Love Your Enemies

How Decent People Can Save America from the Culture of Contempt

[Amazon Link]

The author, Arthur C. Brooks, reveals on page 2 that this book was spurred by a conversation he had at a meeting of "a large group of conservative activists in New Hampshire". Hey, they let inactivists in as well, and I was there!

Arthur's speech that day noted that conservatives traditionally lose to leftists when people are asked whether a politician "cares about the problems of people like me". His suggestion to conservatives: frame your proposals better. Fine, but: he was accosted afterward by a woman who thought he was being too nice to liberals: "They are stupid and evil."

Whoa. Political activists have never been especially nice to their opponents, but Arthur argues that things are getting worse, threatening the very fabric of America. We have (see the subtitle) a large and growing "culture of contempt", destroying relationships and hurting the country. And not only hurting the country, hurting the individuals feeling contempt. It ain't good for you, mentally, and probably not physically.

I admit to a continual guilty feeling while reading this book. Because for a few years now, I've described my primary emotion toward politicians as "contempt". With a caveat: Arthur defines "contempt" neatly as "anger mixed with disgust". That doesn't seem quite right in my case, as I tend not to get angry, at least not as angry as I used to.

But I have one of the primary symptoms of contempt Arthur mentions: eye-rolling. Man, sometimes it feels as if they're gonna roll right out of their sockets.

Well, enough about me. Arthur's ruminations on improving one's attitudes toward political opponents are wise, insightful, occasionally funny. He conveniently summarizes his recommendations at the end:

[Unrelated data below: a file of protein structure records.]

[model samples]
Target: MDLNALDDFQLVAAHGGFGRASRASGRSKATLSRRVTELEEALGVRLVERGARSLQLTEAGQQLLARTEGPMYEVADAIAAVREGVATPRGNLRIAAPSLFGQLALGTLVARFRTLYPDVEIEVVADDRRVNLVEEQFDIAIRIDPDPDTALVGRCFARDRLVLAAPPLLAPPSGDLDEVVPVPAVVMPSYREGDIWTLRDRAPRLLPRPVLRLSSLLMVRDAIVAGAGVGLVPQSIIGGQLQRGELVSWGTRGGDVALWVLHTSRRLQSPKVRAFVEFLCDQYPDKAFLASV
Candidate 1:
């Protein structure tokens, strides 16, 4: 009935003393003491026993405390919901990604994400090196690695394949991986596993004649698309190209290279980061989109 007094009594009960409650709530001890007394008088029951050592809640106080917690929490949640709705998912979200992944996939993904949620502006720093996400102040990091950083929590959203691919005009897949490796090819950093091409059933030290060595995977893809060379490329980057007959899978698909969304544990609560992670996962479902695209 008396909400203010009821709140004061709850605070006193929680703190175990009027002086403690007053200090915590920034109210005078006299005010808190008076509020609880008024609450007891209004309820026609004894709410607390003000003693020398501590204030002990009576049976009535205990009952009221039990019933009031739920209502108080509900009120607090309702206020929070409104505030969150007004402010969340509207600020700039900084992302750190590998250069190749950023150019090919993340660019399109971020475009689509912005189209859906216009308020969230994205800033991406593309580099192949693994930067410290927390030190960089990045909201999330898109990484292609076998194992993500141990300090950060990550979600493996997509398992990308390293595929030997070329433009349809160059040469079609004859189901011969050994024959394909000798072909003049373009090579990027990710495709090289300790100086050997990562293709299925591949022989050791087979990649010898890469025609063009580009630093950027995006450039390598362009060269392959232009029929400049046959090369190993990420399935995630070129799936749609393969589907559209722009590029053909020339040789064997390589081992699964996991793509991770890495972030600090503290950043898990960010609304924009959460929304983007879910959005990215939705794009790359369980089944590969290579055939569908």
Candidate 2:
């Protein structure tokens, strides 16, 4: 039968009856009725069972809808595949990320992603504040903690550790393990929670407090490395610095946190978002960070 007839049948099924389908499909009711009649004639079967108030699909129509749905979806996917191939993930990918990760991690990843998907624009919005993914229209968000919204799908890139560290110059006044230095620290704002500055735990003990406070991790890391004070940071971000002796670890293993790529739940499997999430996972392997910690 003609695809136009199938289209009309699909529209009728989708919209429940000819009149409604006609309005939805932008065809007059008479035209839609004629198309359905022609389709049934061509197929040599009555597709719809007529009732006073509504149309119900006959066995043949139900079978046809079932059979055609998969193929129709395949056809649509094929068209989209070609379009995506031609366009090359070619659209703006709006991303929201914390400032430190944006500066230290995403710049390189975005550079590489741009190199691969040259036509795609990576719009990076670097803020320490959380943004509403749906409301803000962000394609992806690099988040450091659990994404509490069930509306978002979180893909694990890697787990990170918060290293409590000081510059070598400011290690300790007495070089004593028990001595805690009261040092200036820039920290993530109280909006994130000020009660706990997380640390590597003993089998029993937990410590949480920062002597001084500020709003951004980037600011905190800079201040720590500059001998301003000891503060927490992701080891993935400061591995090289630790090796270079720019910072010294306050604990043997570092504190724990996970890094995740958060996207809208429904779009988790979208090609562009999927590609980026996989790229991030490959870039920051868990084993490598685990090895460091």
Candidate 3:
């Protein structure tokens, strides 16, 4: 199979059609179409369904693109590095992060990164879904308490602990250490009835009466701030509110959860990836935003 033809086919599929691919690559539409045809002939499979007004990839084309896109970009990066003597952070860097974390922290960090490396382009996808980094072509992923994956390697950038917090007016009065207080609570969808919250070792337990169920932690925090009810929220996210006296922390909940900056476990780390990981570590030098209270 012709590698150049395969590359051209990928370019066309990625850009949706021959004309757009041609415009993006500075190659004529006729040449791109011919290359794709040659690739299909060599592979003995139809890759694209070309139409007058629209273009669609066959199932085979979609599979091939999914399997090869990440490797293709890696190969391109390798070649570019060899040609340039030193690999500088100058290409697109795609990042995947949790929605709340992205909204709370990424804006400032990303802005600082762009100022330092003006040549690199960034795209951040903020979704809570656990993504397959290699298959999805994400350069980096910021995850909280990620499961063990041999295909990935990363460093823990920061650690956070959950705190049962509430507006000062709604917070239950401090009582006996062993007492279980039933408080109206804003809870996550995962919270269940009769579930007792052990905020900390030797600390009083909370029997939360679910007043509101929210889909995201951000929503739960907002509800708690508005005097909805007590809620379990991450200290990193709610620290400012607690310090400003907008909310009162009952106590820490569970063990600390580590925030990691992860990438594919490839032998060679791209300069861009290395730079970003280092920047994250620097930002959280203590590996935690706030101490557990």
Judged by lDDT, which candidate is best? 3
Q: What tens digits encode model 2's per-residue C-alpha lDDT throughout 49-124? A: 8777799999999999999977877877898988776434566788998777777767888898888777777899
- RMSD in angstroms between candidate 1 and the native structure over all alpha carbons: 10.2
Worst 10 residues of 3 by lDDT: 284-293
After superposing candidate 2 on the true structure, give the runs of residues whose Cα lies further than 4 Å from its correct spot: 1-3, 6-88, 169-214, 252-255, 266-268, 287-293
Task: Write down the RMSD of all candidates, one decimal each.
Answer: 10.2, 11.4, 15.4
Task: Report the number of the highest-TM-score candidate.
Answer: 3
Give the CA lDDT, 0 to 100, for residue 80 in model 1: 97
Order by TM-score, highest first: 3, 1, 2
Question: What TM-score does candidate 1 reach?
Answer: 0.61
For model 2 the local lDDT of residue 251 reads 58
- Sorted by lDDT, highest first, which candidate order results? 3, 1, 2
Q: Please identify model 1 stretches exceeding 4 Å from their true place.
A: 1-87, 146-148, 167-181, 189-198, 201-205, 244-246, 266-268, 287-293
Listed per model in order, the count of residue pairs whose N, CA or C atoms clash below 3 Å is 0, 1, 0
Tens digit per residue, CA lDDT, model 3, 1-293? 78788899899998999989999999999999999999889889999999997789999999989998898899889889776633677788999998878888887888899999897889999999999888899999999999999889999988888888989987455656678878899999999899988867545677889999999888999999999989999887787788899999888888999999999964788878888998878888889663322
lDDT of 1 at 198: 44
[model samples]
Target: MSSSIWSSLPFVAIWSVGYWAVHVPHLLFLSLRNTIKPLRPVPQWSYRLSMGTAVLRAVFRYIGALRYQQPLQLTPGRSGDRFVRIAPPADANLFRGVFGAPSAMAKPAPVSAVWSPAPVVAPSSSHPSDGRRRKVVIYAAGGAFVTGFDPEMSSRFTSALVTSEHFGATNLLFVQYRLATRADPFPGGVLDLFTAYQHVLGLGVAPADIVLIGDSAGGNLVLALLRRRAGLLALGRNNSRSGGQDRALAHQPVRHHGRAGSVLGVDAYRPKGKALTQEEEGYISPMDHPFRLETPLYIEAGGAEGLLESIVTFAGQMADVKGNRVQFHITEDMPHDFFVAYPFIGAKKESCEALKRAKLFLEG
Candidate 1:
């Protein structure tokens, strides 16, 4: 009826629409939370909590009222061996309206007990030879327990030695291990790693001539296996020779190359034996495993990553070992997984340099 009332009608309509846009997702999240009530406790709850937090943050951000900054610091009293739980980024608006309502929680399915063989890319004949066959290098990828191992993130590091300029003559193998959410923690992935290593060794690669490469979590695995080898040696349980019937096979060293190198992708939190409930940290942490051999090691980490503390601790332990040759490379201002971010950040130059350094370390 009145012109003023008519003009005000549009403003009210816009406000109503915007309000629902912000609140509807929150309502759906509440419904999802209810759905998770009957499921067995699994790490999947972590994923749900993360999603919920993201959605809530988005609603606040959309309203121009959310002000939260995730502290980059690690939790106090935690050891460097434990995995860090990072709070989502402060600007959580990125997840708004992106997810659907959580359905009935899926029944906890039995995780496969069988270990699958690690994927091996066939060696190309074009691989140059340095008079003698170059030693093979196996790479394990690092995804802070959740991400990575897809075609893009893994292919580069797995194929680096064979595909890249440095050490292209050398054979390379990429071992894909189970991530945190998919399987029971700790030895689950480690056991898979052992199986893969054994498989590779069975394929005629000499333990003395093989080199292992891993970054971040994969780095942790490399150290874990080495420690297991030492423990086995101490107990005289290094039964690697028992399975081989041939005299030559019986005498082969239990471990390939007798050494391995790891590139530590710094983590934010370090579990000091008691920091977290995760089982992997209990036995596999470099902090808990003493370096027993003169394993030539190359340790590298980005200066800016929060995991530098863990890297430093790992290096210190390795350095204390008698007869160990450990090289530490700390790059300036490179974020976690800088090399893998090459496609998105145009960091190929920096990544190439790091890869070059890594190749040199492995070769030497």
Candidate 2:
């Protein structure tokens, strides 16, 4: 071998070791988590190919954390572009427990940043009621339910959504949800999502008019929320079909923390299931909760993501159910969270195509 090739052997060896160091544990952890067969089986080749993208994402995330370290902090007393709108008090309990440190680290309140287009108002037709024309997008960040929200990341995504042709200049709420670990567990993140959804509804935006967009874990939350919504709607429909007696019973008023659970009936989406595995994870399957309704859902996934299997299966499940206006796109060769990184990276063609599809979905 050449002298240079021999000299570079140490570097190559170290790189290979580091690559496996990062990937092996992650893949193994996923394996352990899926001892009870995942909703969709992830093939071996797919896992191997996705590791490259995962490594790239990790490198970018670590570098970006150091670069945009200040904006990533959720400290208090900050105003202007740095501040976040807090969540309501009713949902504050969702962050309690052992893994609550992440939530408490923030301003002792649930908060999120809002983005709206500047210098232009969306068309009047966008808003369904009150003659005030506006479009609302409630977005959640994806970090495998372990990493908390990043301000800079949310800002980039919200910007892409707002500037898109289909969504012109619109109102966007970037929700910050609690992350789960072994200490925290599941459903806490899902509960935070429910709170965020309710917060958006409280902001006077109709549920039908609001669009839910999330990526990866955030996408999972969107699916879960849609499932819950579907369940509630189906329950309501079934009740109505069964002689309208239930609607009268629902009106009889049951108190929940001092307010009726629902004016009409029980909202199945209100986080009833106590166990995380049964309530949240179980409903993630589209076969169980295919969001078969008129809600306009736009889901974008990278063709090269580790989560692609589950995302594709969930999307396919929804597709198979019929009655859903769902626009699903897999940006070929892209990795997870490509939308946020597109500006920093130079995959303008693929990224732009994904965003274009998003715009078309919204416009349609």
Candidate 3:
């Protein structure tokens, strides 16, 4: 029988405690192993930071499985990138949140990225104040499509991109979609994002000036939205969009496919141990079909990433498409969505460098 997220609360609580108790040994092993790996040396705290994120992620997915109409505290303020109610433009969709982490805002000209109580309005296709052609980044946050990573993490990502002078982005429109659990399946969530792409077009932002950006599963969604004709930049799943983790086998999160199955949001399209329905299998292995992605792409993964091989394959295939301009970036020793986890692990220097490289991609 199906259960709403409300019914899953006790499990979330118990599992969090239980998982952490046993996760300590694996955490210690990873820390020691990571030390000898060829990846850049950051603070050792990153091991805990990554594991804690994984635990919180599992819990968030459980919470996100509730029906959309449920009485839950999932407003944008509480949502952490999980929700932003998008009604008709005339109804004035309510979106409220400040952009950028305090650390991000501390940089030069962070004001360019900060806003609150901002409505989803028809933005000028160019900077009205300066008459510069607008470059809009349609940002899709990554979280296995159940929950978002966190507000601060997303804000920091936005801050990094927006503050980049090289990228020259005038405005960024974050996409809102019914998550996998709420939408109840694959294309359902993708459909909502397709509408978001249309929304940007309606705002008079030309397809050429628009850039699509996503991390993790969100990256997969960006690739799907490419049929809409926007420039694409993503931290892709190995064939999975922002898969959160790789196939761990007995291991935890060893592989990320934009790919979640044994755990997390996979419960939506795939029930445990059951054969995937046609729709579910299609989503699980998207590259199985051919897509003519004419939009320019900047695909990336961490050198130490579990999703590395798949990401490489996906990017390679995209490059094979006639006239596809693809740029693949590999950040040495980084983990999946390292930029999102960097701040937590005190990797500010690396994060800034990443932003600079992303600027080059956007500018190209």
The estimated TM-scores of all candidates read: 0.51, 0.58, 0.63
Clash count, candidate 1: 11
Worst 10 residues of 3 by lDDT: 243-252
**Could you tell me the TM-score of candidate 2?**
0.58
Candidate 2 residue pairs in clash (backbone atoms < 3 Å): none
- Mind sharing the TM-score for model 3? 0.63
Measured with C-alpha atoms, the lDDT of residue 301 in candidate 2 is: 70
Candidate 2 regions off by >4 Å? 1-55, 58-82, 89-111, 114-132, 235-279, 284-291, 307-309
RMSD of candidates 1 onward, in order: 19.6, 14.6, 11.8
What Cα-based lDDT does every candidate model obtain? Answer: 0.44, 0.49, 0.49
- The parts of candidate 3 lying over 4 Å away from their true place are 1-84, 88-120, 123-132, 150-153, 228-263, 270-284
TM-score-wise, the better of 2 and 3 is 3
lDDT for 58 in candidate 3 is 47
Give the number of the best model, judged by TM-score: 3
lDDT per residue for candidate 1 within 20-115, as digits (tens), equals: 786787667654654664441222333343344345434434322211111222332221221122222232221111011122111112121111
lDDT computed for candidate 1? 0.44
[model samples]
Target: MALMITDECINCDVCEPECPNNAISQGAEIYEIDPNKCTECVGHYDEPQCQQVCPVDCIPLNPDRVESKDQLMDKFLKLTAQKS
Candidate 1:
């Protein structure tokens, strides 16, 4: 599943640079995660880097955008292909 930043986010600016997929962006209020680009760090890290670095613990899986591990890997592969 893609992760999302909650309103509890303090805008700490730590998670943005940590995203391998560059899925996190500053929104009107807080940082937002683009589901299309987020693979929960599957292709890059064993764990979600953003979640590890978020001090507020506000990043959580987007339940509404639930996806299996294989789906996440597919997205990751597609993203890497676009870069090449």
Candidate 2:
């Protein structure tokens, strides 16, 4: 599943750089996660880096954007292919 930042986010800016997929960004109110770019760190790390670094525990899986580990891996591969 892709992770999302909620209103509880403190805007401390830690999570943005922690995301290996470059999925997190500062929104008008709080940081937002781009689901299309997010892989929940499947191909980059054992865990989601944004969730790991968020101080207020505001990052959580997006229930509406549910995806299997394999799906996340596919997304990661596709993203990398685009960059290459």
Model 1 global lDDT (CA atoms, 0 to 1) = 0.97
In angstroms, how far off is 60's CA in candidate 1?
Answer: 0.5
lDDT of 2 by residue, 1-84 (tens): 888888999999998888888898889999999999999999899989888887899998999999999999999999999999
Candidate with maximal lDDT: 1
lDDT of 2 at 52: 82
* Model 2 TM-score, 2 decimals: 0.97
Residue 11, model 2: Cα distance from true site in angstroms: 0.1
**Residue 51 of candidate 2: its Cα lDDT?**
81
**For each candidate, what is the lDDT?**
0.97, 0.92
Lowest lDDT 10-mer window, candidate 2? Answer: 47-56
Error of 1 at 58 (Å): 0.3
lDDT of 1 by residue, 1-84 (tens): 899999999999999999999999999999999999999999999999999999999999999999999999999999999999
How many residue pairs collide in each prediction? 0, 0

1. Stand up to the man. Refuse to be used by the powerful. Pols know how the culture of contempt works, and are not shy about pressing their supporters' buttons to "fire them up". Don't play that game.
  2. Escape the bubble. Go where you're not invited, and say things people don't expect. This should be easy in pre-primary New Hampshire. But am I too lazy?
  3. Say no to contempt. Treat others with love and respect, even when it's difficult. Maybe especially when it's difficult.
  4. Disagree better. Be part of a healthy competition of ideas. I will try.
  5. Tune out. Disconnect more from the unproductive debates. I've mentioned my lefty Facebook friends from time to time. Sometimes I disagree in their threads. Resolution: when I feel that I'm repeating myself, I'm probably right. If I said something once, that's enough.

I highly recommend this book to anyone who has political opinions and might want to discuss them.